Some are predicting that the market for 3D printing is poised to explode when key patents for laser sintering (or LS) expire in February 2014. LS can produce high quality parts from a range of materials, and from simple to very complex geometries. Duann Scott of Shapeways thinks that we’ll see a “huge drop in price” in LS printers if prior patterns in this industry are anything to go by. We’ll also be seeing an influx in printers from China, where the Ministry of Industry and Information Technology funded 10 research centers devoted to 3D printing. That influx may be good or bad, depending on your perspective: this article also says that 3D Systems has a 12 to 18 month waiting list for LS printers.
Say you can’t wait that long? eBay, the online marketplace, just launched an iPhone app called eBay Exact that lets you buy customized 3D printed items from MakerBot, Sculpteo and Hot Pop Factory. Right now it’s jewelry and iPhone cases but everyone involved promises more offerings soon. Options include color, material, engraving, and more.
If you’re looking to do this yourself, you have options too. In what’s likely a first for a library, the Harold Washington Library in Chicago just became host to a pop-up “maker lab,” where you can try out 3D printing without dropping a wad of cash. It sounds as though they have a complete setup from CAD to print, though it’s not clear whose products they’re featuring. You could also head to a local Microsoft store, where you’ll be able print your design on a MakerBot Replicator 2 soon — especially after you install Windows 8, which supposedly will make “3D printing just like 2D printing”. And if all that doesn’t work for you, you can always try a UPS store, which may have a Stratasys uPrint SE Plus 3D printer to help small businesses “show prototypes to their current and potential customers”. I’m looking forward to seeing how these rapid prototyping options catch on; I don’t make stuff like this, so I’m not the target demo — but even if I were, I couldn’t see needing to make something all that often so would be at best a casual user. What about you? Sound off in the comments!
In the here and now, 3D Systems announced earnings that saw revenue jump 45% year/year to $121 million, and up 30% on an organic basis. “Products” revenue was up 60% to $83 million; “Services” revenue was up 19% to $37 million. Within Products, though, there’s a bit of a problem: printers & other revenue was up 108% to $54 million but print materials revenue was up only 12% to $29 million. Printers are one-time sales; materials are good indicators of how companies are using their printers — and the slowdown in consumables worries a lot of investors. Software revenue was $5 million in Q2. The company now expects revenue for the year to be between $485 million and $510 million.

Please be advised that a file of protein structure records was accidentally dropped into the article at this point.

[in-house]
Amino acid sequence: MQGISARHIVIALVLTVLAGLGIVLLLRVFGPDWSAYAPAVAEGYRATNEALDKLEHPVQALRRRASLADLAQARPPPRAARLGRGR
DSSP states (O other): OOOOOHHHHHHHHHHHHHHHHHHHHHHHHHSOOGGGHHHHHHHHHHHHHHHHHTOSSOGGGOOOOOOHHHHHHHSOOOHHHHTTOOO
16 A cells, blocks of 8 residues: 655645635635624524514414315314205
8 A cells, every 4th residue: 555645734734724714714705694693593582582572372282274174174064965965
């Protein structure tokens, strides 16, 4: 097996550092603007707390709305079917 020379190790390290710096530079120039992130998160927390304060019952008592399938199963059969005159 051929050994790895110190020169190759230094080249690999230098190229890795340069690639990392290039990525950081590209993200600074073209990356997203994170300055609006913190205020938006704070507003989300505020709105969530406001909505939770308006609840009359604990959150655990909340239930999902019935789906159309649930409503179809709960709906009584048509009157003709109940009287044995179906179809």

That “organic” definition continues to be challenging at 3D Systems, as its acquisition mania continues. The company completed its acquisition of Phenix Systems, paying $15 million for 81% of the share capital and continues to work on acquiring the rest. Phenix’s Direct Metal 3D Printers use LS to print from stainless steel, tool steel, super alloys, non-ferrous alloys, precious metals and alumina for aerospace, automotive and medical device applications. During the company’s Q2 call with investors, CEO Avi Reichental said that Phenix holds about 50 patents and that “most of them are fairly recent and so they don’t have any meaningful near or mid term expiry dates”. 3D Systems also announced that it acquired CDRM, a UK provider of rapid prototyping and rapid tooling services and TeamPlatform, a cloud-based collaborative design and project management platform that will be integrated into Geomagic and Cubify.com.
ExOne, on the other hand, is a lot less frenetic. Its Q2 revenue almost doubled to $9.2 million (from $4.7 million a year ago). Even so, the company pulled back a bit on its outlook for the rest of the year, saying that it now expects to see revenue at the lower end of its guidance range of $48 million to $52 million. Company management said that it had expected to sell two $1 million machines this year and now “those two sales are simply not going to happen.” From comments, it seems that one sale (into the Russia aerospace industry) was deferred and the other never materialized. Investors are not impressed. Nonetheless, ExOne’s other big news is that it just filed with the US Securities and Exchange Commission to sell 2.66 million shares that could raise nearly $200 million if sold at $65 apiece. According to the filing, roughly 1.1 million shares will be sold by ExOne and 1.55 million by two trusts controlled by CEO Kent Rockwell and another trust controlled by Lafayette College. On Friday August 23, the share closed at $67.80.
Finally, Stratasys completed its merger with MakerBot and announced boffo Q2 results. Q2 GAAP revenue was $107 million, up 20% on the combined Stratsys and Object. Management said that growth accelerated in Q2, compared to Q1, as “the benefits of our recent channel integration and cross-selling initiatives begin to materialize”. Product revenue was $90 million while Services revenue was $16 million. Including MakerBot, Stratasys expects 2013 revenue to be between $455 million and $480 million; organic revenue growth in the second half of the year is expected to be “relatively stronger” than in the first half.
And one last, pseudo-related item. If you’re a veteran, please check out TechShop‘s free one year memberships, which include “access to a world class workspace and over $1 million worth of design software and equipment for milling, forming, cutting, welding, woodworking, electronics and much, much more” at any of its six US locations. A great way to build serious skills!